It also saves a HUGE amount of time because you don't have to go out on dates with people you have nothing in common with. I'm a lefty atheist who doesn't want kids, and I live in a very conservative, religious area; where am I going to meet somebody like me? I tried to be very honest in my profile, and it worked spectacularly for me.

A warning, though: don't waste time with guys you meet online who find excuses not to meet you in real life. The first time I tried online dating, I spent way too much time waiting for a guy I met to find the time to meet me (I was lonely, and I settled for much less than I deserved). If you e-mail or talk on the phone a few times, and you're ready to meet but he keeps putting it off or making excuses, cut him loose; he's probably one of those who just likes the chase or the flirting and isn't really interested in you (or he isn't single).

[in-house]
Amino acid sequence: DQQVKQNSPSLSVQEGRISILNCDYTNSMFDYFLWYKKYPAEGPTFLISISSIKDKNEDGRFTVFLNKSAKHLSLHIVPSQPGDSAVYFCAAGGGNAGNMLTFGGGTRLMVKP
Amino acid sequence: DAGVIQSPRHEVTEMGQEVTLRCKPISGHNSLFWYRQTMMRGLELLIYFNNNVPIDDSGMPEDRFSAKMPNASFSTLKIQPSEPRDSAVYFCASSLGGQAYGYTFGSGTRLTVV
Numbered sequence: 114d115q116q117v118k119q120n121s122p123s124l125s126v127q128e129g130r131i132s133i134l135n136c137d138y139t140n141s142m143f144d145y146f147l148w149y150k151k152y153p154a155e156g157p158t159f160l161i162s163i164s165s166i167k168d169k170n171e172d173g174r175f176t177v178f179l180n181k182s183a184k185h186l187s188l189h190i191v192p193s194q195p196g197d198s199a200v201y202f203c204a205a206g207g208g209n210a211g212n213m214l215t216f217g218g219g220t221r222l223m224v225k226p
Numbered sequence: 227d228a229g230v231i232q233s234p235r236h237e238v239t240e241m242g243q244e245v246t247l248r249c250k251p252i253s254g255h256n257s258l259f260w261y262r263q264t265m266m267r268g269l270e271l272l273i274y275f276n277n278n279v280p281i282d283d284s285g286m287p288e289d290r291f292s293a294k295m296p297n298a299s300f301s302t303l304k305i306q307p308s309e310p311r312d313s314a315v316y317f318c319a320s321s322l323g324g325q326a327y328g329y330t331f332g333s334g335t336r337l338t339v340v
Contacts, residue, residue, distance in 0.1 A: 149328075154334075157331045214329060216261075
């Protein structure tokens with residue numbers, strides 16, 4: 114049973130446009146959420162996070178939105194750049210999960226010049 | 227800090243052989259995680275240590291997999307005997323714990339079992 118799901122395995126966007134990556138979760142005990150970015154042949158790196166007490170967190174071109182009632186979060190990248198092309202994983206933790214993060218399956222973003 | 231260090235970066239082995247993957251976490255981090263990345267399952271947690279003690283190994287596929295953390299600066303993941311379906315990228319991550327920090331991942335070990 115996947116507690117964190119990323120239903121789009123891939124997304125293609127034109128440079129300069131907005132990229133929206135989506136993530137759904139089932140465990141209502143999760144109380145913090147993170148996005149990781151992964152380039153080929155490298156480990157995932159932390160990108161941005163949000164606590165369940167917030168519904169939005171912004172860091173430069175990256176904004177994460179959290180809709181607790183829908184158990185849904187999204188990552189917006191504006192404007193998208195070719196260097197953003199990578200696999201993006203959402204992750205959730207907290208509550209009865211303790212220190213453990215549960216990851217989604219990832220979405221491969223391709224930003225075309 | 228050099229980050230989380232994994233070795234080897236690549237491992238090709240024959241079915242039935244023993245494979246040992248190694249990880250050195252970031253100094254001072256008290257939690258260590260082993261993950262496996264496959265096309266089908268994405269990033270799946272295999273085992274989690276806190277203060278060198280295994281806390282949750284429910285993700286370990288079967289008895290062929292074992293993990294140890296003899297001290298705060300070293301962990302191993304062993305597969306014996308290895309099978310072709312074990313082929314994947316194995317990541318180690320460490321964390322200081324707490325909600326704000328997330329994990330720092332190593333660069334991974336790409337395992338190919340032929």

posted by WorkingMyWayHome at 6:21 PM on February 6, 2011


Look - it's scary. You have to put yourself out there. You have to risk rejection. But that's dating - regardless of which way you do it.

I am a shy, quiet, nerdy guy - not the kind to fearlessly put myself out there. Unless I was introduced by mutual friends or the like, I can't imagine meeting someone any other way. You should definitely join OKCupid - (sadly now part of match.com - I hope they don't ruin it) - it's definitely the most geek-friendly dating site out there. It's not a geek-only site - it just does a great job finding the kind of person you'd be into. It's how I met my amazing, awesome girlfriend (and fellow nerd). And if you want to geek out on stats and data, definitely read their highly informative blog.

You do have to answer a reasonable amount of profile questions - those are even more important than filling out the usual profile info. Question-matching is how OKCupid does its magic.
posted by O9scar at 9:01 AM on February 7, 2011